Life isn’t static, so people’s circumstances do change. For advisers in the workplace pensions market, it means there are times when it is necessary for employers or scheme members to move to a different pension provider.
Transfers from defined benefits (final salary schemes) to defined contribution schemes have hit the headlines in recent years due to the mis-selling that affected members of the British Steel scheme. This led to greater regulatory scrutiny of DB to DC transfers and the advice process surrounding them.
However, sometimes a transfer will involve switching from one DC provider to another DC provider– for example, if any employer is not happy with the current level of service they are receiving from their existing provider, or if their adviser has carried out the annual governance review and believes that there is a more suitable, or even cheaper alternative. if an employee changes job or a company is sold to another firm that uses a different provider.
To achieve a successful transfer, advisers and their clients need to understand what each provider allows, as they usually do things differently.
All of the 21 propositions in our table accept transfers in and the vast majority have no minimum requirements for this. Four propositions have a minimum, of which NEST has the lowest at under £500. The two Standard Life propositions have the highest minimum at over £1,000, while Royal London occupies the middle ground at over £500All bar one provider – Royal London – allow members to transfer online.
Most providers require members to complete a separate application form for transfers. However, eight propositions don’t have this requirement and these are run or administered by four insurance companies – Aegon, Aviva, Mercer and Standard Life.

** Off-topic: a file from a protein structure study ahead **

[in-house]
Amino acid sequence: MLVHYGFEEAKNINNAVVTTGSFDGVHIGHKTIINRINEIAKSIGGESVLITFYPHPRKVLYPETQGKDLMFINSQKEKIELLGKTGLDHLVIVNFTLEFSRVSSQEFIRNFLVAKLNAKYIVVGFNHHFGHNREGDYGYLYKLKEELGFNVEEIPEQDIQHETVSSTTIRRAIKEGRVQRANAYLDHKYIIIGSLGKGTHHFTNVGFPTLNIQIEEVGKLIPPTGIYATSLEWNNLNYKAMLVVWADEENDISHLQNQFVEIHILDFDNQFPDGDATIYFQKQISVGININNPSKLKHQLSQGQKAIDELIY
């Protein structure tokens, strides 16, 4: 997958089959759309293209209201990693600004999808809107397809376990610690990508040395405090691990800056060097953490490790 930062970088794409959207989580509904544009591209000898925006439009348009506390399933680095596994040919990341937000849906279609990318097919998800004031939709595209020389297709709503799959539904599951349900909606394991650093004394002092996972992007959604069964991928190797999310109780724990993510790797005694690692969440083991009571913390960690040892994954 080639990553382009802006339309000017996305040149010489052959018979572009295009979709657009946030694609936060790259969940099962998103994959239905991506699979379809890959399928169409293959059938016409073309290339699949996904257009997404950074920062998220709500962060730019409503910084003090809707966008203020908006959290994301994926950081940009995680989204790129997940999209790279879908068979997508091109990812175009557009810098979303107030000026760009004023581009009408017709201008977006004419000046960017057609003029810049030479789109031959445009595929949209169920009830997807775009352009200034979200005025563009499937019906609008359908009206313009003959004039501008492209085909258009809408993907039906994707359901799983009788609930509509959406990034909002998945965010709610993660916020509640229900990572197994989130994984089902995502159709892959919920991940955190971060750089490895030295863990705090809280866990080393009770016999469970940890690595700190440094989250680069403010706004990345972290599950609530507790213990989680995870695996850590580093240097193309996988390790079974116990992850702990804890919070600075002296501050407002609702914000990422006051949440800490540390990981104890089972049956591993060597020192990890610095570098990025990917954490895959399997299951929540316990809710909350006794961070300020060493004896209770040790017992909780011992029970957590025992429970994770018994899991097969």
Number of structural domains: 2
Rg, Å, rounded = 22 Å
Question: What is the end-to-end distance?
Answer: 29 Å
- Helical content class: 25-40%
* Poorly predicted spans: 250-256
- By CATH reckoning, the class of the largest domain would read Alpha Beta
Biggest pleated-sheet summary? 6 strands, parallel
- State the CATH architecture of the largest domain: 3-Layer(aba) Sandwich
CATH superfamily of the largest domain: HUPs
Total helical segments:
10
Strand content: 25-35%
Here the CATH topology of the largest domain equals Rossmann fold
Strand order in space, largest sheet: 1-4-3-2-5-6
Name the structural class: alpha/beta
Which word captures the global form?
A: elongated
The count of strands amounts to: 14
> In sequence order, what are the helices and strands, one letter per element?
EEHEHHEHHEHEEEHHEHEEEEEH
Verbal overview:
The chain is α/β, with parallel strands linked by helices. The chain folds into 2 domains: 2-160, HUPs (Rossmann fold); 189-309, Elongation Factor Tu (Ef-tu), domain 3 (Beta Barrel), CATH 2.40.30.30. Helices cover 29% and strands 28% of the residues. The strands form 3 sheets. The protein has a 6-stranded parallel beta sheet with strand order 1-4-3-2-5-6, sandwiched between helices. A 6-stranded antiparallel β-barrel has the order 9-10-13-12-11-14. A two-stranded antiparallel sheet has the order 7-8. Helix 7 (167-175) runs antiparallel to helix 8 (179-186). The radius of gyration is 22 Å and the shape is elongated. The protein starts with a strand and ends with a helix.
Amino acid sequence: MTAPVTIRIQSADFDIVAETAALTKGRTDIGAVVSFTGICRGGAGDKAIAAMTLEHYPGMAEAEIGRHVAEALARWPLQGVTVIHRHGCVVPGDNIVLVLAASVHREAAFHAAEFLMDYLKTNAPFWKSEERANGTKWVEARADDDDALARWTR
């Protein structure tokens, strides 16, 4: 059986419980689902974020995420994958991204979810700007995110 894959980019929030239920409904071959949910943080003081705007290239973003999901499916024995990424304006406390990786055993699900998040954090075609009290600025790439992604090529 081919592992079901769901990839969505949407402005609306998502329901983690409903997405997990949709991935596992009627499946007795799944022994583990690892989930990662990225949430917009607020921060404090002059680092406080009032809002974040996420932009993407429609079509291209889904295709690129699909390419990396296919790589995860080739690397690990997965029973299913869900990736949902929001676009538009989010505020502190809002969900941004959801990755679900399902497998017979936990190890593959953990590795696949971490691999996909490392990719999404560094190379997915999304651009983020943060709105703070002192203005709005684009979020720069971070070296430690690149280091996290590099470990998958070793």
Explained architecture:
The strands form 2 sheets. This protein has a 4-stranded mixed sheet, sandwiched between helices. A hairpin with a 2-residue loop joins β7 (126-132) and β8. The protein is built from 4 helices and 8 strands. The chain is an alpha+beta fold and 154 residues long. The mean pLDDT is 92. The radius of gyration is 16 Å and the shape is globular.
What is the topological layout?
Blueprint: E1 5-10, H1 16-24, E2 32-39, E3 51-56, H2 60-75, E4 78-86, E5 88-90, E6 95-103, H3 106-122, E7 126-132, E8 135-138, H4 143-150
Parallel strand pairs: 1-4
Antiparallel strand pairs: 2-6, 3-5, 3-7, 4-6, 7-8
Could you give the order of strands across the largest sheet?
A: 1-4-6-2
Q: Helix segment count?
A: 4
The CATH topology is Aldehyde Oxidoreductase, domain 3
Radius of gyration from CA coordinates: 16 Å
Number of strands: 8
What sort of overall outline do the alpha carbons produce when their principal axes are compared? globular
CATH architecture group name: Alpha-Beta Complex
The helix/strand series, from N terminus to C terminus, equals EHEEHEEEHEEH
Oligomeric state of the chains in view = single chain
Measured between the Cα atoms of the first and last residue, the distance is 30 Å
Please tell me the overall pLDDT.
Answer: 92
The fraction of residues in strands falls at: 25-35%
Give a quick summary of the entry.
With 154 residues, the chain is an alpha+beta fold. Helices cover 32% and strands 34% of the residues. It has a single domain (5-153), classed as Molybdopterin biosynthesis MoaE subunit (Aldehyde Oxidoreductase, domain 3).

Bulk transfers usually happen when a workplace pension scheme, or part of it, is wound up so the pension funds of a group of employees are transferred to a new scheme. The first thing advisers need to look at when helping employers through this process is whether providers accept bulk transfers from final salary schemes, defined contribution schemes or both.
Our data shows most providers, other than NEST currentlyoffer a bulk transfers for final salary and DC schemes.
Accepting bulk transfers in and out of DC schemes is a common feature among providers. The majority – 13 propositions – don’t explicitly require a signature for each transfer, which should save time.
Most propositions do not create a separate policy for the transfer, which should also speed up the process as there is less paperwork. Propositions from Fidelity and Hargreaves Lansdown are the only ones that create separate policies for bulk transfers.
It is perhaps surprising that not all providers offer electronic tracking for transfers. A fair number – 12 out of the 21 propositions listed below – enable electronic tracking but that leaves a sizeable portion that do not. However, those that say they do not provide electronic still use digital methods, although inevitably they do most of the work manually.
Drilling deeper, there is a wide variation between providers in how they are tracking different parts of the transfer process electronically. Providers are using different electronic methods for different pieces of information. This may suggest that some methods are seen as more suitable for some parts of the transfer process than others, depending on the particular providers’ views and business models.
It is however encouraging to see that all provides in our research have adopted the Orgio Pension Transfer service and are using this for both transfer’s in and out.
As the table below highlights DocuSign and Adobe Sign are by far the most common technology used by most providers, however Royal London and True Potential can support all 11 electronic signature providers we have identified.